1997 Works


This work was produced for a fund-raising auction organized by the Mornington Peninsula Regional Gallery.


A monumental example of Arkley’s later, subtler suburban style.
First shown in 1997-8 and then in its final, expanded form at the Venice Biennale in 1999.
A variant of the 1996 canvases based on the same composition.
This work, a variant of Still Life Petunias 1987, has never been exhibited or reproduced.

Works on Paper

This work on paper was evidently produced for the sitter, a prominent Melbourne artist.
Characteristic late freeway image, in predominantly grey tones.
This work was awarded the Kedumba Drawing Prize in 1997.
Closely related to several other works on paper based on the same source, notably Self Portrait (1996) [W/P] and Untitled [‘Head’] (1996?) [W/P].
Work on paper variant of Still Life Tulips (1996) [Ericsson].
Another late work-on-paper variant based on the same source as Our Home (1986).
Collaged work, clearly related to the ‘Head Show’ painting Polaroid Portrait (1990).

Works on Paper Minor

Examples include a coloured photocopy of Arkley's favourite 'House with Native Tree' composition.
HA etc.at Spray launch 1997

(Photo taken prior to the publication of Spray, showing, from left, Terence Hogan (the book’s designer), Ashley Crawford, Howard Arkley and Ray Edgar, in front of Arkley’s Floriated Residence (1994) [photo: Kenneth Pleban]) [2]

1997 was a momentous year for Arkley, culminating in a sequence of major successes. In August, he won the Kedumba Drawing Prize for a work-on-paper house in the lineage of his ‘Pointillist Suburb’ series. He devoted most of his energies during the year to completing the first version of his magnum opus, Fabricated Rooms, unveiled at the Art Gallery of New South Wales on 9 November. A few days later, the Benalla Art Gallery’s purchase of Arkley and Davila’s Blue Chip Instant Decorator was announced; and then, on 22 November, Ashley Crawford and Ray Edgar’s new monograph, Spray: the Work of Howard Arkley, was launched at Tolarno, together with a selected show of the artist’s work.

Fabricated Rooms, although generally well received in Sydney, met with a luke-warm response from John McDonald, one of several prominent Australian critics who has been dismayed over the years by Arkley’s suburban project – of which this work is clearly the summation. Despite his qualms, however, McDonald did admit to finding Arkley’s work ‘intriguing’, developing a thoughtful if ultimately negative critical response in his detailed review.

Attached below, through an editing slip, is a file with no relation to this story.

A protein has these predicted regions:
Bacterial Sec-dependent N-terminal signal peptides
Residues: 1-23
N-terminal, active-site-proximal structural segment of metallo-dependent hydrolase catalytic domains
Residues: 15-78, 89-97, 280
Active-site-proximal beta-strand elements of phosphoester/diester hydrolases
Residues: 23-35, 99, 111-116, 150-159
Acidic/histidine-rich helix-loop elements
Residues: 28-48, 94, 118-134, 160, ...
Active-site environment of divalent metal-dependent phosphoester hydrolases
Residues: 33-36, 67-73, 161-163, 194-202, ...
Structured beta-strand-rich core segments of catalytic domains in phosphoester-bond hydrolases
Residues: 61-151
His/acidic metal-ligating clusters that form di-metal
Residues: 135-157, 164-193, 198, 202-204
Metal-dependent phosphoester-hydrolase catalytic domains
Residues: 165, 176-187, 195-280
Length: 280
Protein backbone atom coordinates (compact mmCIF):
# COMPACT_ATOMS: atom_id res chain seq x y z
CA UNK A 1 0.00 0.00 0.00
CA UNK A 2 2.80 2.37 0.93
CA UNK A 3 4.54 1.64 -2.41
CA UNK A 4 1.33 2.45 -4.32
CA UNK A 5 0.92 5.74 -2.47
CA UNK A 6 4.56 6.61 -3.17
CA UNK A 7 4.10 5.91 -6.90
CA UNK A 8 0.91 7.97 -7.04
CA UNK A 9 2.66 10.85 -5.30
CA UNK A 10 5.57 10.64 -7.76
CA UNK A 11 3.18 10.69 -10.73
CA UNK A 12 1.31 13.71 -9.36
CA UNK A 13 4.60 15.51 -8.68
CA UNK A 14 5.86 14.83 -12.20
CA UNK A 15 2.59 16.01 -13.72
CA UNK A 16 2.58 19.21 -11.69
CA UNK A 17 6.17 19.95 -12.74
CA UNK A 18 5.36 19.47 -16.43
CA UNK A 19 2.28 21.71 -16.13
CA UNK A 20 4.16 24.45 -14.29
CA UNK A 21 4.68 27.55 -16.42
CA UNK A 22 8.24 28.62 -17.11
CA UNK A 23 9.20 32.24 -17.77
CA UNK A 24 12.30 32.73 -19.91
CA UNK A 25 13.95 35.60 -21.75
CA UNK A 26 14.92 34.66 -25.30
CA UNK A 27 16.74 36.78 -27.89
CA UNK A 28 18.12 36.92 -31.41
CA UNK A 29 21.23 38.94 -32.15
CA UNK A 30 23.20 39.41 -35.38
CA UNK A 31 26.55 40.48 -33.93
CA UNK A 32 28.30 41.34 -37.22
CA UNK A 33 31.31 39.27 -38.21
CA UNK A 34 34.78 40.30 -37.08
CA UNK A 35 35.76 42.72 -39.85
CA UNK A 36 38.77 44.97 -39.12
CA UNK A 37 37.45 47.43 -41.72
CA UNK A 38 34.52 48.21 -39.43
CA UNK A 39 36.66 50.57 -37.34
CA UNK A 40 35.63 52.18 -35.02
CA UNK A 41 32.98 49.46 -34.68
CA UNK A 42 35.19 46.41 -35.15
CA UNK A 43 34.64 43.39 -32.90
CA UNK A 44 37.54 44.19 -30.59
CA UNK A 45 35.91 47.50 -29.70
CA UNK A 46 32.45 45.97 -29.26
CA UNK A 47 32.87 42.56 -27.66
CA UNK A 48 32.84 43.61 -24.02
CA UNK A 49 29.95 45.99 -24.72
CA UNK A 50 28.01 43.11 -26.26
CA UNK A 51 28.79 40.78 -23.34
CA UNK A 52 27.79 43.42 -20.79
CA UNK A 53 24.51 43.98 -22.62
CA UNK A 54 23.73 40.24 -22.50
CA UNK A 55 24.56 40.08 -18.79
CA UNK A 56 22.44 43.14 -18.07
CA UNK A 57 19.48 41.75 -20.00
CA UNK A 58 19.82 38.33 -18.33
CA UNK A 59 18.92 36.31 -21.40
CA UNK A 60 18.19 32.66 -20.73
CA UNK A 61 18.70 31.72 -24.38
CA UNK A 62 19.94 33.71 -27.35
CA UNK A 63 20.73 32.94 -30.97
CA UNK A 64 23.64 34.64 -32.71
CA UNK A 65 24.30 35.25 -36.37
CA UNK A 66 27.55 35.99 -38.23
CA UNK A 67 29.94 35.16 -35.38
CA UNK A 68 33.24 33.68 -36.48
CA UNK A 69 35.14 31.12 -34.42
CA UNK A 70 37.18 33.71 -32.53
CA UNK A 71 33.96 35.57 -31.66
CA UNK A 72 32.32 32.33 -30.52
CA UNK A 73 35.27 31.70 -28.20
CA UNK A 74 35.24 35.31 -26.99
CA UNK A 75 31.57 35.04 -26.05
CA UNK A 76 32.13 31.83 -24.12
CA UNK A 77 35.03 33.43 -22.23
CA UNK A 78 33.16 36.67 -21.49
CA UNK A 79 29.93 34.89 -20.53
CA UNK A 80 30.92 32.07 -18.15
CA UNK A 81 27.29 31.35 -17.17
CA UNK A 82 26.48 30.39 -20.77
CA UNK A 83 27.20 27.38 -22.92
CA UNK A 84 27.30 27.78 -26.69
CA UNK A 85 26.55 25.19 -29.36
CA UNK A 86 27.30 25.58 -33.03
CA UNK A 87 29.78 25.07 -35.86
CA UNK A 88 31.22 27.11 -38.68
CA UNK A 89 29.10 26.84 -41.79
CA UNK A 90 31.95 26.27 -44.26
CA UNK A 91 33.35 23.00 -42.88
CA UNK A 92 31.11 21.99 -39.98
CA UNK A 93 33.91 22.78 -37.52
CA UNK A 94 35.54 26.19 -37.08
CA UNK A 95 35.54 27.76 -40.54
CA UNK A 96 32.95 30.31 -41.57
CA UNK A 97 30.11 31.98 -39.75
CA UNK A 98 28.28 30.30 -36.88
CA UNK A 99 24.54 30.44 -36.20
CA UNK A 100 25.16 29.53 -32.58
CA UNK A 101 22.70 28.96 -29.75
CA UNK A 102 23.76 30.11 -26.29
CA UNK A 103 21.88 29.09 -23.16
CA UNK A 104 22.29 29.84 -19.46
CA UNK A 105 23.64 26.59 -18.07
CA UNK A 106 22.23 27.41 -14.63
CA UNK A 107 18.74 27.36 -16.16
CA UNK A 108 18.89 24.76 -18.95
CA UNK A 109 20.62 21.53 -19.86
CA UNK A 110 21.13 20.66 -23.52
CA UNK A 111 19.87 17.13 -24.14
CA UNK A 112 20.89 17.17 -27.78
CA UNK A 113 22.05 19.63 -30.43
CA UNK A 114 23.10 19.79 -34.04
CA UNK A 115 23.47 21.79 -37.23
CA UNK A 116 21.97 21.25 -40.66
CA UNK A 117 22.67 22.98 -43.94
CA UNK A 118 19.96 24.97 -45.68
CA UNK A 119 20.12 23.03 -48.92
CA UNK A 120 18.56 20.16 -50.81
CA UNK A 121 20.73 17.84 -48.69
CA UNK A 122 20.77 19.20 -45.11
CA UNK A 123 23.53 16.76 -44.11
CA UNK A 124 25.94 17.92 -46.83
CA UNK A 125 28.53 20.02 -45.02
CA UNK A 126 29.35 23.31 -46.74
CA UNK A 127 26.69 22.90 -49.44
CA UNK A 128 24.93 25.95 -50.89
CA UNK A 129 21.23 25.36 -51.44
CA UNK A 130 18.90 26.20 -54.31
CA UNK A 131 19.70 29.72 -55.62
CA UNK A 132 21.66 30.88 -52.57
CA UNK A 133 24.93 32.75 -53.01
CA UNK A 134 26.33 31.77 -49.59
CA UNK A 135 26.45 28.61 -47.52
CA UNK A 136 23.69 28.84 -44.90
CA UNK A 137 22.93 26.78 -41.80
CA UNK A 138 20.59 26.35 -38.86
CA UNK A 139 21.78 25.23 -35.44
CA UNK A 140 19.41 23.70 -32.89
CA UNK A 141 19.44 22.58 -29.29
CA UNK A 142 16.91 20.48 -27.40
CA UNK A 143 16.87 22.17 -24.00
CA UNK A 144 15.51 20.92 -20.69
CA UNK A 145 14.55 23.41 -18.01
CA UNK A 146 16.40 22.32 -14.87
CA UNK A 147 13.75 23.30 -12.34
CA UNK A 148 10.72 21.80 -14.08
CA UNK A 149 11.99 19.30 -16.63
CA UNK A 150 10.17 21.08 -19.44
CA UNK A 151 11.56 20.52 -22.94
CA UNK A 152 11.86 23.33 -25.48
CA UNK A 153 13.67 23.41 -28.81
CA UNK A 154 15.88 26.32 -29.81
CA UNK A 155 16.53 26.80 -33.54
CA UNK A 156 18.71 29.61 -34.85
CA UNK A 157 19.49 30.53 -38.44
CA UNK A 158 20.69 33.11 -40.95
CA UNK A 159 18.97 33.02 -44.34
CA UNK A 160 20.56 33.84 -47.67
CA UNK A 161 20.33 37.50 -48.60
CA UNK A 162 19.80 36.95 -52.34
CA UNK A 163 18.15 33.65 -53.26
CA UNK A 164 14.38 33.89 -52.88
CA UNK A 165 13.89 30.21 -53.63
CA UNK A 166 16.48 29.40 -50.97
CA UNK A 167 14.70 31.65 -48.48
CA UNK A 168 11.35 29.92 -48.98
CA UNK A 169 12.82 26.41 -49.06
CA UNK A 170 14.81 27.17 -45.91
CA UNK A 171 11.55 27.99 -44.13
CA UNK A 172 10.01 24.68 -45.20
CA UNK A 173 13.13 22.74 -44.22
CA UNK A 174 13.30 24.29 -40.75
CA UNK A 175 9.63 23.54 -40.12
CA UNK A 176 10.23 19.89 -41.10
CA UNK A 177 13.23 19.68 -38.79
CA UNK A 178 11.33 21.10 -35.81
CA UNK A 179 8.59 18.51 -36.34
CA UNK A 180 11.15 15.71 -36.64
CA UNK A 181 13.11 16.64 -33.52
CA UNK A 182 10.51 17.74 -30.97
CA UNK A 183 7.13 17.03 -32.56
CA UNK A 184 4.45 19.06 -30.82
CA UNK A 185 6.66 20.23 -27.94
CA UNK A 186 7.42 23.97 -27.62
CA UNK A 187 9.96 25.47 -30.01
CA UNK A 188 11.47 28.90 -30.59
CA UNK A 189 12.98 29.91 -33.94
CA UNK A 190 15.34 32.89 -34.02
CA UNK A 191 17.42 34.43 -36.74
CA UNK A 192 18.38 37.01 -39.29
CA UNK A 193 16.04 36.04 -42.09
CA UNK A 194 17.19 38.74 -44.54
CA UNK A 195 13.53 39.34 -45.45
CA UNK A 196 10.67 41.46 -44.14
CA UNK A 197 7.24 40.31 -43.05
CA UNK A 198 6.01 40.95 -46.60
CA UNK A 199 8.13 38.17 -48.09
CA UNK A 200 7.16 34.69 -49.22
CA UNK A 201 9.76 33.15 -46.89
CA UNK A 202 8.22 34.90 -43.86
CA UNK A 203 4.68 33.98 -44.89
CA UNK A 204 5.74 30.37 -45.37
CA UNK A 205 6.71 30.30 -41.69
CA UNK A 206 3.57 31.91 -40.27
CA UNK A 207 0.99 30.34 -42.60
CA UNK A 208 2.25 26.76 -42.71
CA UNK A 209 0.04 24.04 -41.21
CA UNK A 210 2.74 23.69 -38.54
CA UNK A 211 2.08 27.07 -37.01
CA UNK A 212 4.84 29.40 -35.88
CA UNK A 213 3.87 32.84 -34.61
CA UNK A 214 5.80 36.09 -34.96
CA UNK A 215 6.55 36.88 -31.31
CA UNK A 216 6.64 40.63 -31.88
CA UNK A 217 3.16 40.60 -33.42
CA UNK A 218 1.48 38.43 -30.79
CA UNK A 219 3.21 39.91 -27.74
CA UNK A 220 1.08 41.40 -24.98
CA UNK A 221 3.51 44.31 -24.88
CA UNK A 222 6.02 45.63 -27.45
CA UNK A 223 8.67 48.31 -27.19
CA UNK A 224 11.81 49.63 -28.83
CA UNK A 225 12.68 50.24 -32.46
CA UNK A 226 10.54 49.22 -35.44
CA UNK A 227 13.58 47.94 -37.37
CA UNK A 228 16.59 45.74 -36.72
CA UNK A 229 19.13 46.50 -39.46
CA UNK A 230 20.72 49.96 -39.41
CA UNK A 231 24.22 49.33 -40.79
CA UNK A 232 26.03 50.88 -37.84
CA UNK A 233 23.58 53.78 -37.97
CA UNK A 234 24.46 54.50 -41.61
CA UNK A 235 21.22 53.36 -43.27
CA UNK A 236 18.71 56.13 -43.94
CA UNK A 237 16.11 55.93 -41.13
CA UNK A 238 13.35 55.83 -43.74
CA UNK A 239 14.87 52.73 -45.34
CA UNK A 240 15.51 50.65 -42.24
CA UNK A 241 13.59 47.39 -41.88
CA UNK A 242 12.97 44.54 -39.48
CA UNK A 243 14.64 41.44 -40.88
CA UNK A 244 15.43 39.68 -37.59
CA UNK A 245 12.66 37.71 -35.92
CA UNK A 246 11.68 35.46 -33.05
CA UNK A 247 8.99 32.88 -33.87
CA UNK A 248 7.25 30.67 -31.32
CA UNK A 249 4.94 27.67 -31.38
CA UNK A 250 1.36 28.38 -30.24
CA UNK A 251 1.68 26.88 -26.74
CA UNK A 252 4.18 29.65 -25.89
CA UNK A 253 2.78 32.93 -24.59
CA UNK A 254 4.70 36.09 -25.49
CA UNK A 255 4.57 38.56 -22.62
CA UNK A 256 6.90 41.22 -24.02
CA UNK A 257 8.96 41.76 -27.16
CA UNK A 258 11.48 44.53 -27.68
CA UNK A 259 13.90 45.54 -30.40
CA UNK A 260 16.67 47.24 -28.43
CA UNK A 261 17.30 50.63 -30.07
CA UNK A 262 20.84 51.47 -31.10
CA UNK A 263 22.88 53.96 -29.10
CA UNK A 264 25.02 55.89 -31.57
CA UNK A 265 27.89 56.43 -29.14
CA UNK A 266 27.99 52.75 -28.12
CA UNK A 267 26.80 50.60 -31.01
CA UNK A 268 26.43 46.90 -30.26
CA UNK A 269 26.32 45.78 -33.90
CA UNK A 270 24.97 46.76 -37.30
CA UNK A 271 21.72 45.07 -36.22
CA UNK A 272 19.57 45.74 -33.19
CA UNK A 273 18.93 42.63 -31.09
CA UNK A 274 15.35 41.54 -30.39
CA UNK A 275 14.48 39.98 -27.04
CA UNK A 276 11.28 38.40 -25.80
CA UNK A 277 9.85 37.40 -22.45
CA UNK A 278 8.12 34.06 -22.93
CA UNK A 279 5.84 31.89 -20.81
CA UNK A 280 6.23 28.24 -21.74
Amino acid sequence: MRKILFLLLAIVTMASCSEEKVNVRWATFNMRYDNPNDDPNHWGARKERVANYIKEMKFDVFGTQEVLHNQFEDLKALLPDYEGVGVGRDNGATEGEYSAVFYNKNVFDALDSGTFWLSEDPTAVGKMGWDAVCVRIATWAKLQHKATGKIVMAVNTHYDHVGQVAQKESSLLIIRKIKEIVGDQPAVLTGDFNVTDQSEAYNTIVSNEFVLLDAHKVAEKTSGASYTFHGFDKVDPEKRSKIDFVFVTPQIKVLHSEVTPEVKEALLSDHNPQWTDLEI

Spray, published by Craftsman House, is a substantial study exploring the complexities of Arkley’s artistic philosophy in considerable depth, drawing on a series of interviews conducted with him in 1995-6. The authors, who had collaborated on various earlier projects, and had both written enthusiastically on Arkley’s art in the past, respected his desire for a serious study of his work, while also representing the more playful and anarchic aspects of his approach. The book is a lively read, by turns journalistic and analytical, and includes a good selection of Arkley’s work up to 1996, including a comprehensive bibliography and exhibition details.[1]

1997 Exhibitions

‘The Embellished Egg’, Mornington Peninsula Regional Gallery, 22 March – 4 May 1997

‘The Vizard Foundation Art collection of the 1990s’, Melb.Uni.Mus.of Art touring exh., April-Sept.1997 (Hamilton, Geelong, Bendigo AG; copy of catalogue in artist’s archive)

‘The Urban Edge: Historical and contemporary works from the Queensland Art Gallery collection’, QAG etc., April 1997-Feb.1998 [brochure etc.: Arkley archive]

Kedumba Drawing award 1997 (NSW), 22 Aug.-6 Oct.1997 [brochure & press information in Arkley archive]


‘Howard Arkley: Fabricated Rooms’, AGNSW 9 Nov. 1997-5 Jan.1998


‘Spray: the work of Howard Arkley, Tolarno  22 Nov. – 20 Dec. (accompanying launch of Crawford & Edgar’s book; the following works appear to have been included):



[1] For reviews of Spray, see 1997 bibliography under Boyd, McKenzie (Herald Sun 9 Dec.), Rooney (Australian 12 Dec.), and Steele; a revised edition of the book appeared in 2001, with a new last chapter.

[2] In an email to Arkley Works (Nov.2013), Terence Hogan corrected some of the details previously provided for this photograph, noting that it was taken at the same time as Pleban’s photo of the two authors reproduced on the dust-jacket of their book. The present photograph was also reproduced in Crawford’s Arkley obituary in Art & Australia vol.37.3 (2000), p.375.